2

What are some of the biggest impediments to innovation in your organization or industry sector?

Given the passage of the ACA and the increasing cultural focus on wellness, we are in a very supportive environment for our services. The major hurdle that remains is data. In the United States we just don’t have a standard format for health data or a central repository to keep it in. This is unlikely to change anytime soon so we use the data we have to fill in the gaps and create as accurate a picture of someone’s health as we can. Again, machine learning plays a big role here. 

3

How has innovation become engrained in your organization's culture, and how is it being optimized?

Many of us at HITLAB have classical training in the sciences (MDs, nurses, psychologists, statisticians) so we tend to approach challenges from the scientific point of view. You won’t find anyone at the HITLAB who believes there is an unsolvable problem in health.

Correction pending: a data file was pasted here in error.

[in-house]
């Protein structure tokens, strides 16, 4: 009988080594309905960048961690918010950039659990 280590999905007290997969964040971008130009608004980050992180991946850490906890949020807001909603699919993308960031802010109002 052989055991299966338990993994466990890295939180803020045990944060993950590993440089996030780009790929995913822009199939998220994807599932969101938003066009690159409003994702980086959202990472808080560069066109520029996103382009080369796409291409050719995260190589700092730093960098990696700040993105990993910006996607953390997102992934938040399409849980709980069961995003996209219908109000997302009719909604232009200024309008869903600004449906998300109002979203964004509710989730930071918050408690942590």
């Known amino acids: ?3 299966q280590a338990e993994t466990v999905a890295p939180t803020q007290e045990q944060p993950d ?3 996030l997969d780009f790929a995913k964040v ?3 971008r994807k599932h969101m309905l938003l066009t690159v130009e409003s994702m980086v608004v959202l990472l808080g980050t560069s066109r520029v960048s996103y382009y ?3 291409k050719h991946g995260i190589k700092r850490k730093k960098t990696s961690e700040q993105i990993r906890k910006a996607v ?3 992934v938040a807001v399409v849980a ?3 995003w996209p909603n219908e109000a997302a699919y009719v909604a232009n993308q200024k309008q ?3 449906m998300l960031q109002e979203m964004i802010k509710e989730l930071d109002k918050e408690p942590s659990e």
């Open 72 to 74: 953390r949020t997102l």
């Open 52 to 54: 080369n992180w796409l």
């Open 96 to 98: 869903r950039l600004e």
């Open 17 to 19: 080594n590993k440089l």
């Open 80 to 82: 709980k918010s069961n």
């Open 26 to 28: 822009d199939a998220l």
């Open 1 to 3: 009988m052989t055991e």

4

What technologies, business models, and trends will drive the biggest changes in your industry over the next two years?

As I mentioned earlier, access to a standard set of data is one of our limitations. The market is rushing in to fill this gap as more people create and share health data through cell phones, wearables and medical devices. Not only are these data real-time, they capture aspects of health that no one has ever seen before in such quality and quantity. For example, a detailed record of an individual’s movements and physical activity, the actual locations of where that activity took place.